Make your own Green Cleaning Products


The older I get, the more concerned I am about being exposed to toxins.

I know the cleaning supplies I’ve used almost every day come with serious warnings. I’ve had rashes and chemical burns, red eyes and throat irritation.

Believe it or not, I haven’t always been “Mrs. Clean”, and I’ve made some really stupid cleaning mistakes.

One important thing I want to share is don’t assume any product is safe- Even “green” or simple cleaning products. Make sure to read all warnings and manufacturer instructions.

My Wake Up Call:

I found out the hard way just how dangerous cleaning products could be when I mixed ammonia and chlorine bleach together. I’ve warned people all over my website not to mix the two products, but never admitted that I did it myself when I was young.

What happened? I was cleaning a bathtub and used bleach and ammonia at the same time without rinsing the tub thoroughly in between uses.

The two products combined and formed a toxic chlorine gas that immediately closed my throat and lungs. My physical reaction was severe and serious and I was afraid that I wouldn’t be able to make it out of the bathroom in time without collapsing. I was really scared.

That was the moment I realized just how seriously I needed to pay attention to the warnings on cleaning products. It was a youthful mistake but I have never forgot the lesson.

How To Find Chemical Safety Information (MSDS):

By law, every chemical manufacturer is required to produce a Material Safety Data Sheet (MSDS), listing the ingredients, health hazards, toxic ingredients and first aid/personal protection precautions.

MSDS sheets can be found at the US Dept of Health and Human Services.

You might want to bookmark the site- I know I’ve referred to it many times.

The Benefits Of “Going Green”:

If you go back to the basics, you can use cleaners that work just as well as specially formulated ones in the store, and protect your health and the environment when you do so.

Many of the ingredients for homemade cleaning products are in your kitchen cabinets. None of the recipes are very complicated, and you can mix the few parts together in just a short time.

It’s cheaper to make your own cleaning products, even spending as much as only one-tenth on homemade cleaning materials as it would cost to buy at the store.

Your Basic Shopping List Of “Green” Home Cleaning Products:

These are common ingredients used in green homemade cleaning product recipes. These basics are tried and true and people have used them for decades to clean.

I prefer to use simple products anyway- You might need to use a little more “elbow grease” to scrub something clean, but you won’t have to worry so much about harmful chemicals.

  • Dishwashing Liquid (like Dawn Detergent)
  • Baking soda
  • Plain white vinegar
  • Washing soda
  • Borax
  • Hydrogen peroxide
  • Oxygen bleach (like oxy-clean)

Grout Cleaner Recipe:

You can easily make your own solution for green cleaning grout.

Only mix up as much as you will need for a cleaning because it doesn’t keep well without adding vegetable glycerin and sealing it airtight.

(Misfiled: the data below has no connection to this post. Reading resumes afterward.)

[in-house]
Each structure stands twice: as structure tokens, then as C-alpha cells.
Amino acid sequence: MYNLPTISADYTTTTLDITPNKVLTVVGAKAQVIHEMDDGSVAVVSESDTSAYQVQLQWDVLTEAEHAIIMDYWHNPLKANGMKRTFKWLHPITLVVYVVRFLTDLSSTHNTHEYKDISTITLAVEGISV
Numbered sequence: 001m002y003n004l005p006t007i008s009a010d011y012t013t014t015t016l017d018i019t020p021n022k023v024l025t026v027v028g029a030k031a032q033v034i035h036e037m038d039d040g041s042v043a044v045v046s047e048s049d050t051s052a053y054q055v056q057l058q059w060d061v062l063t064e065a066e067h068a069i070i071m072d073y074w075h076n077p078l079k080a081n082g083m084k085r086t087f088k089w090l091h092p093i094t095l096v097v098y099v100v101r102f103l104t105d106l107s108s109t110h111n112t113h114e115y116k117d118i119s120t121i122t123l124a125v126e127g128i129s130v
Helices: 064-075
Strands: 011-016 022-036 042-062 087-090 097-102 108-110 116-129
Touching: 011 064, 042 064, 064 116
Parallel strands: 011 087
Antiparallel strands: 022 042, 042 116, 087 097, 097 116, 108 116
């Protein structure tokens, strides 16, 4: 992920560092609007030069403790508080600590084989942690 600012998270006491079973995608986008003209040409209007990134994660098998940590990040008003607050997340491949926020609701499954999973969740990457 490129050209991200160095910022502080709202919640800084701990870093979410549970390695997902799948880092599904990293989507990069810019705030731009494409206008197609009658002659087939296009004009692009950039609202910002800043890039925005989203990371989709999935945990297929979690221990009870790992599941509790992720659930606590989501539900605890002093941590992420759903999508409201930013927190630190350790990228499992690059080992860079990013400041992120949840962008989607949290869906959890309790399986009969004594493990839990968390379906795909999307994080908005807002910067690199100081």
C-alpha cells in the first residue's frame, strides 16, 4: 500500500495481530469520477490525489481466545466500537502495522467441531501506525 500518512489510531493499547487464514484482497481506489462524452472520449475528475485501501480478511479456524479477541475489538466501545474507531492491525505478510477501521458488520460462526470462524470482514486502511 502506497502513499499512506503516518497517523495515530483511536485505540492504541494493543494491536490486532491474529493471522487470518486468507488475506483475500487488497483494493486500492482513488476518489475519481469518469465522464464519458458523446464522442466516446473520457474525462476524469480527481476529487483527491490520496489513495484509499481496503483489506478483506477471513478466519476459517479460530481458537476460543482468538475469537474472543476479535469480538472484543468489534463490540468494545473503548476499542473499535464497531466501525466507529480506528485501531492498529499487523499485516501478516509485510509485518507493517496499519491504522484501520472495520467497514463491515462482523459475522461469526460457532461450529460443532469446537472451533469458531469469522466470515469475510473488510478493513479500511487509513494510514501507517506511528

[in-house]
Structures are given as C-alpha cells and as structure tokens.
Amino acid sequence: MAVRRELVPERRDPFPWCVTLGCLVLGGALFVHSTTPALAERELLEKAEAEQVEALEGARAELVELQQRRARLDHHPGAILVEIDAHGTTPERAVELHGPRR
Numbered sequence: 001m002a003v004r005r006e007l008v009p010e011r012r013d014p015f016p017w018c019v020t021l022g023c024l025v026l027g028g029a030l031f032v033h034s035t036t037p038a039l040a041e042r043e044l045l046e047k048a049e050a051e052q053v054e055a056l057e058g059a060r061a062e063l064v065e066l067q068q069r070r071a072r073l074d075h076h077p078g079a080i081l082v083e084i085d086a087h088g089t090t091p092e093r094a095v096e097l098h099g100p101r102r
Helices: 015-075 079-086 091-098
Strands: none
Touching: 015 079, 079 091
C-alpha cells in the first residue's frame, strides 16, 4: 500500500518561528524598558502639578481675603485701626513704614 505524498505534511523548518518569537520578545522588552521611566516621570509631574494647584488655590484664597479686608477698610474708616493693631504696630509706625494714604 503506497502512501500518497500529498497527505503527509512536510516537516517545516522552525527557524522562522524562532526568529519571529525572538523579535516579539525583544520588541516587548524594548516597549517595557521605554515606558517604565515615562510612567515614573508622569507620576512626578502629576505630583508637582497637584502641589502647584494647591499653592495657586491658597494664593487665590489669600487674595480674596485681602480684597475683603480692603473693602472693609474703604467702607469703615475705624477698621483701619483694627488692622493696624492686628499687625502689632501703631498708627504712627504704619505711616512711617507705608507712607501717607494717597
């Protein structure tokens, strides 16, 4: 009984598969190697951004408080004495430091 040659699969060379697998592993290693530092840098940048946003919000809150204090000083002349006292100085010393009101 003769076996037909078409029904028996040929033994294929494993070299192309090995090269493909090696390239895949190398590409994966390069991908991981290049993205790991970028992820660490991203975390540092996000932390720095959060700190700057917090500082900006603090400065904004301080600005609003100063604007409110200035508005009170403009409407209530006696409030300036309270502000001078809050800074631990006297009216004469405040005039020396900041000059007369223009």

Apply with an old toothbrush and let sit for 5 minutes. Scrub with a plastic bristle brush and rinse thoroughly.

  1. 1/2 cup of baking soda in a bowl
  2. Add enough liquid soap to make a paste
  3. Mix well

Window and Glass Cleaner Recipe:

Making your own green window and glass cleaner is easy. All you need is a few ingredients and a spray bottle.

In a spray bottle, combine two cups of water with three tablespoons of white vinegar and one-half teaspoon of liquid detergent.

Give the bottle a little shake to mix ingredients for a natural cleaner that only took minutes of your time.

Laundry Soap Booster:

Give your regular laundry detergent a power boost by adding either 1/2 a cup of baking soda or borax to your regular wash load. Washing soda does the same, but use only 1/4 cup instead of 1/2 a cup.

Detergent does not lather well and cannot do it’s job properly with a high concentration of minerals. Baking soda, washing soda and borax are water softeners that “neutralize” minerals present in hard water. This allows your laundry soap to do a better job.

My Favorite Stain Remover:

Plain household strength hydrogen peroxide is my hands down favorite stain remover. Pour it directly on the stained item. Cover the stain with something to keep it out of the light and allow it to work for about 60 minutes.

Hydrogen peroxide turns to water when exposed to light (That’s why it comes in a dark container). It removes stains without bleaching, lightens and brightens without damaging fabric and leaves no residue.

Oxygen bleach (like oxy-clean) has the same effect as hydrogen peroxide but it’s a powder rather than a liquid. Use it in the place of bleach when cleaning or doing loads of laundry to remove stains and brighten without damaging fabric.


Plain white vinegar and baking soda are 2 of the oldest and most natural green cleaners around. Both of these are excellent deodorizers to use when cleaning. Especially areas like the refrigerator, sinks, tubs and counter tops.

Floor Cleaners:

We use 1 gallon of warm water to about 1/4 cup of vinegar to clean hard surface floors like wood, linoleum and ceramic tile(not stone floors). Vinegar does not leave a residue so you don’t have to do a second rinse.

Abrasive Cleaners:

Rather than use a product like comet or soft scrub, you can use a mix of dish washing liquid and baking soda for the abrasive scrubbing power it has. Since baking soda also works as a deodorizer it works really well removing stains and odor from sinks and tubs or showers.

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